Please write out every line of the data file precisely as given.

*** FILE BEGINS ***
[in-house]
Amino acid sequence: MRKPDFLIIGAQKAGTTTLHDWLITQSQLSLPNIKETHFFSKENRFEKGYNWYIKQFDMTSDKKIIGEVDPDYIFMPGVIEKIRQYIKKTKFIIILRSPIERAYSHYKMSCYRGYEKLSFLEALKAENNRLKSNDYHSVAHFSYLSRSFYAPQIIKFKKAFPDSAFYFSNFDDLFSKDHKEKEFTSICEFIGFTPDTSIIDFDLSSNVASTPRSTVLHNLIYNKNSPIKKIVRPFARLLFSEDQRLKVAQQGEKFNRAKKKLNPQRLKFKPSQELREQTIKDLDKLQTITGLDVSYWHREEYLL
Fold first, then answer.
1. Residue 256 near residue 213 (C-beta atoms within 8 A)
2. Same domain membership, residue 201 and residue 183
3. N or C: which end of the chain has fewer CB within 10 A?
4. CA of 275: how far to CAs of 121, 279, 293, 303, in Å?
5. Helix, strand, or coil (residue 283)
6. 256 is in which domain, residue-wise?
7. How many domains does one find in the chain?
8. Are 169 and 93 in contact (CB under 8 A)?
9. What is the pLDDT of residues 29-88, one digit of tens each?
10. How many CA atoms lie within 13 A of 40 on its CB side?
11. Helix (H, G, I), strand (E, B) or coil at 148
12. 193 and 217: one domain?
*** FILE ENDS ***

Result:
[in-house]
Amino acid sequence: MRKPDFLIIGAQKAGTTTLHDWLITQSQLSLPNIKETHFFSKENRFEKGYNWYIKQFDMTSDKKIIGEVDPDYIFMPGVIEKIRQYIKKTKFIIILRSPIERAYSHYKMSCYRGYEKLSFLEALKAENNRLKSNDYHSVAHFSYLSRSFYAPQIIKFKKAFPDSAFYFSNFDDLFSKDHKEKEFTSICEFIGFTPDTSIIDFDLSSNVASTPRSTVLHNLIYNKNSPIKKIVRPFARLLFSEDQRLKVAQQGEKFNRAKKKLNPQRLKFKPSQELREQTIKDLDKLQTITGLDVSYWHREEYLL
Fold first, then answer.
1. Residue 256 near residue 213 (C-beta atoms within 8 A)
2. Same domain membership, residue 201 and residue 183
3. N or C: which end of the chain has fewer CB within 10 A?
4. CA of 275: how far to CAs of 121, 279, 293, 303, in Å?
5. Helix, strand, or coil (residue 283)
6. 256 is in which domain, residue-wise?
7. How many domains does one find in the chain?
8. Are 169 and 93 in contact (CB under 8 A)?
9. What is the pLDDT of residues 29-88, one digit of tens each?
10. How many CA atoms lie within 13 A of 40 on its CB side?
11. Helix (H, G, I), strand (E, B) or coil at 148
12. 193 and 217: one domain?